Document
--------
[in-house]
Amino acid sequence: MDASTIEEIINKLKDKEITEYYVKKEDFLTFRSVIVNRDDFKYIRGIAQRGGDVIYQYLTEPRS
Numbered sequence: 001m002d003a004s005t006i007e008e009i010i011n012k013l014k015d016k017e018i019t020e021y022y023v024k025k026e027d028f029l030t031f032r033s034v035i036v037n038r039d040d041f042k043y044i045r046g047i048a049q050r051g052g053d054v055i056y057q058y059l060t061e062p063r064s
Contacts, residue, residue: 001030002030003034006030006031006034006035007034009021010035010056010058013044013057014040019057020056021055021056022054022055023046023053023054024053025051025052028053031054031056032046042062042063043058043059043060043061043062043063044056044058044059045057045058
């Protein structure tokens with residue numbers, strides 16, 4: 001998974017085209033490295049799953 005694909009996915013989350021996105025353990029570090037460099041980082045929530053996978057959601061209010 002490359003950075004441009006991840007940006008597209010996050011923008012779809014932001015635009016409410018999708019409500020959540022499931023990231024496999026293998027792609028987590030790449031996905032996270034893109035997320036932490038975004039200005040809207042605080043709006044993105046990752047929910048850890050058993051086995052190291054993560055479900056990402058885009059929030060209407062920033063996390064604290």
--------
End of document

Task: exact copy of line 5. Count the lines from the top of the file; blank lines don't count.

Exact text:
């Protein structure tokens with residue numbers, strides 16, 4: 001998974017085209033490295049799953 005694909009996915013989350021996105025353990029570090037460099041980082045929530053996978057959601061209010 002490359003950075004441009006991840007940006008597209010996050011923008012779809014932001015635009016409410018999708019409500020959540022499931023990231024496999026293998027792609028987590030790449031996905032996270034893109035997320036932490038975004039200005040809207042605080043709006044993105046990752047929910048850890050058993051086995052190291054993560055479900056990402058885009059929030060209407062920033063996390064604290």